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Merck Gift Boosts Biology Research

Gift to Harvard department will fund new genomics experiments

By Jeremy B. Reff, Contributing Writer

Pharmaceutical giant Merck & Co. announced a $1 million gift to the Harvard’s Molecular and Cellular Biology Department (MCB) last week.

The gift—which represents a strengthening of Harvard’s already-existing ties to Merck—will be channelled into more experimental projects in the department which otherwise might not get funded, professors say.

According to the terms of the gift, much of the funding will be used for genomics research, the study of the DNA blueprint of an organism.

Over the next five years, the Merck gift will fund three separate research initiatives.

One initiative funded by the gift, the Merck Pilot Research Program, will focus on funding “risky” research in genomics—novel projects on the edge of the field.

The gift will also fund a summer course in genomics, as well as support for two postdoctoral fellows in the department.

Several Harvard officials stress that Merck will have minimal oversight of the use of the $1 million, since it is a gift and not a contract or grant—donations over which benefactors have more strict control.

According to Dean Gallant, assistant dean for research policy and administration for the Faculty of Arts and Sciences (FAS), “a gift is a gift, no strings attached.”

The gift will be administered by a committee of six: two FAS Professors, two members of the Medical School faculty, and two non-voting Merck representatives.

In 1999, responding to calls from Harvard’s two highest governing boards for greater investment in science, former Dean of the Faculty Jeremy R. Knowles announced plans for the interdisciplinary Bauer Center for Genomics Research.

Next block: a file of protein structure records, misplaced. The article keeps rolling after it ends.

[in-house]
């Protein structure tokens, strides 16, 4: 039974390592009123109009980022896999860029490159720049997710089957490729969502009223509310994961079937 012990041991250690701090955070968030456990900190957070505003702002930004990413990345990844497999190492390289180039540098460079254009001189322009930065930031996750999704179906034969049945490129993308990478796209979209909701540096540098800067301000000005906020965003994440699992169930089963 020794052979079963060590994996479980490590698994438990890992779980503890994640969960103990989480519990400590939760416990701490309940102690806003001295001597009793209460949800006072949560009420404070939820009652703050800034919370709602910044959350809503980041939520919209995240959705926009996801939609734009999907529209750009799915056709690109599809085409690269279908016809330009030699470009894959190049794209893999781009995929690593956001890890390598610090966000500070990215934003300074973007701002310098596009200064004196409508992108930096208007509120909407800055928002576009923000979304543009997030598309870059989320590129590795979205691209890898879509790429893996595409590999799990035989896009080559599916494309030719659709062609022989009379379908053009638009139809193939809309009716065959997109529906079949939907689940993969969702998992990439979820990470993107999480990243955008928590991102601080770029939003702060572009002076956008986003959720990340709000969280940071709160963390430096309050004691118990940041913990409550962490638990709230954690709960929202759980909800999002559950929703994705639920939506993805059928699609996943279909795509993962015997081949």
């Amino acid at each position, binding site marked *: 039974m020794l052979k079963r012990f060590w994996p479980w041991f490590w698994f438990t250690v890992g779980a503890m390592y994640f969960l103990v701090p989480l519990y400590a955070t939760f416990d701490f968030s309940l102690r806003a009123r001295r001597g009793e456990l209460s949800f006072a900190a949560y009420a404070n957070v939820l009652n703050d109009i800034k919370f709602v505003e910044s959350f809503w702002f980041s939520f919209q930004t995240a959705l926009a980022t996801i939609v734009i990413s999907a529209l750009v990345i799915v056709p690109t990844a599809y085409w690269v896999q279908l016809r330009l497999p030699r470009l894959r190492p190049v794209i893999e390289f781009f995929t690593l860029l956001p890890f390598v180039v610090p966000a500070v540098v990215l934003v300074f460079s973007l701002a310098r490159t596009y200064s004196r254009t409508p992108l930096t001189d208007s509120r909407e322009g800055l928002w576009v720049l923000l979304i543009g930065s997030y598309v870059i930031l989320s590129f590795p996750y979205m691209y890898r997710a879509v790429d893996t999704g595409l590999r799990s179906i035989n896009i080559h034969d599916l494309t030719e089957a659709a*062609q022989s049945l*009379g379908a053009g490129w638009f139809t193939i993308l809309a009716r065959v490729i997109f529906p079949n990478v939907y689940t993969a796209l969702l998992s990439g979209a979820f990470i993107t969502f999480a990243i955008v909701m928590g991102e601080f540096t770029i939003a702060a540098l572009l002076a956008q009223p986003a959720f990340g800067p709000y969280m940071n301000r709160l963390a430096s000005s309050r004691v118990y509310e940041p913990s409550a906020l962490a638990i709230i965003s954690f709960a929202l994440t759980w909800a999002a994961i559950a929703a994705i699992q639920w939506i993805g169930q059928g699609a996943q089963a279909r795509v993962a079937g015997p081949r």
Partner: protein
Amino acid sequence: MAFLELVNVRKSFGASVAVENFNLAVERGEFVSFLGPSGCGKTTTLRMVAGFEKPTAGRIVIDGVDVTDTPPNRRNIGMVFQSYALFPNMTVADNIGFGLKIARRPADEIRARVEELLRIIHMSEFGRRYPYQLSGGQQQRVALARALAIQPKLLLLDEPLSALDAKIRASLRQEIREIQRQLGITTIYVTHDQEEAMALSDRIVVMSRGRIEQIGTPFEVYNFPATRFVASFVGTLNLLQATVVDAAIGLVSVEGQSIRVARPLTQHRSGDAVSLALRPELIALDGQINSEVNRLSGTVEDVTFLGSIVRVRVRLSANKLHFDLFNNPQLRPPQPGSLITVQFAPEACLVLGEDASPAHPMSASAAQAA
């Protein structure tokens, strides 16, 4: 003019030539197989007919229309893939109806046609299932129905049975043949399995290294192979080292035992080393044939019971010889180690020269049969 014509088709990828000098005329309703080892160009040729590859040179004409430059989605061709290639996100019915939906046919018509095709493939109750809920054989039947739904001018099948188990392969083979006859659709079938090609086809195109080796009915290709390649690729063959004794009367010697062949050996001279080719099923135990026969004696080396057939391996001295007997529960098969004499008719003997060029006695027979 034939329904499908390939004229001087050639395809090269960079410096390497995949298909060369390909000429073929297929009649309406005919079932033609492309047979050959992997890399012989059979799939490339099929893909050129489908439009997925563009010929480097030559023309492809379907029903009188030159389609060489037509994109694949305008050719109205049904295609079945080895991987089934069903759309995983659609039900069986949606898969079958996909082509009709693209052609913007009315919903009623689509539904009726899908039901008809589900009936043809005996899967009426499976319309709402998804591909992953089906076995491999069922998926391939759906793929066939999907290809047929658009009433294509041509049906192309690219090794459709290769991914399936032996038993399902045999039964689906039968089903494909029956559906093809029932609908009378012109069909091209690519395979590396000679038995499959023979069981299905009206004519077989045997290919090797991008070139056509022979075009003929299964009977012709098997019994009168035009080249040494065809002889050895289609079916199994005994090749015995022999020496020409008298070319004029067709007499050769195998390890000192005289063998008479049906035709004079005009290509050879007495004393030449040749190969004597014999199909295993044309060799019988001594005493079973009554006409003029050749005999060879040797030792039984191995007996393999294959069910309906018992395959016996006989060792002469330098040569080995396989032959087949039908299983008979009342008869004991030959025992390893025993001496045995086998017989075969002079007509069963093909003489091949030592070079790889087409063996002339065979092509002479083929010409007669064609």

Bauer, which opened last year, will be directly impacted by the gift, according to the Center’s director, Professor of Molecular and Cellular Biology Andrew W. Murray.

Murray said the Merck gift will allow research to proceed that might not have been funded under more conservative funding programs.

Often, scientists can only get funding for projects that already have experimental data to back them up, he said.

“The Pilot Research Program enables scientists to…test purely theoretical ideas without having to pay attention to what’s in the experimental notebook,” Murray said.

While professors look at the gift as a boon to the department, Merck officials say they, too, have something to gain by freeing researchers to do more experimental research.

“I think that the [Bauer Center] is an excellent conception,” said Mervyn J. Turner, senior vice president at Merck Research Laboratories. “By funding it, we’d be providing some seed money to trigger these new areas of fundamental research in the biological sciences.”

Turner, who negotiated the terms of the gift with the chair of the MCB Department, said that Merck will not have any licensing claims over the research produced using the gift.

“We thought it would encumber the relationship [with MCB] if we insisted on the [intellectual property] connection, especially as this is very early stage research, a long way from true medical applications,” he said.

The gift to MCB is the latest in a long line of Merck-funded initiatives at Harvard.

Merck is currently building a new laboratory adjacent to the Medical School in Boston, and funding several projects with FAS and the Medical School.

Murray himself is also a consultant for Merck.

Murray said that the traditional contractual structure of academic-industrial collaboration had a “chilling” effect on the openness of scientific research and represented a “poor return on investment for industry.”

The MCB’s chair, Baird Professor of Science Andrew P. McMahon, agreed. “This precedent by Merck demonstrates the mutual benefit of collaboration between private industry and academic research, and will encourage other corporate allies to consider this enlightened approach,” McMahon said in a press release.

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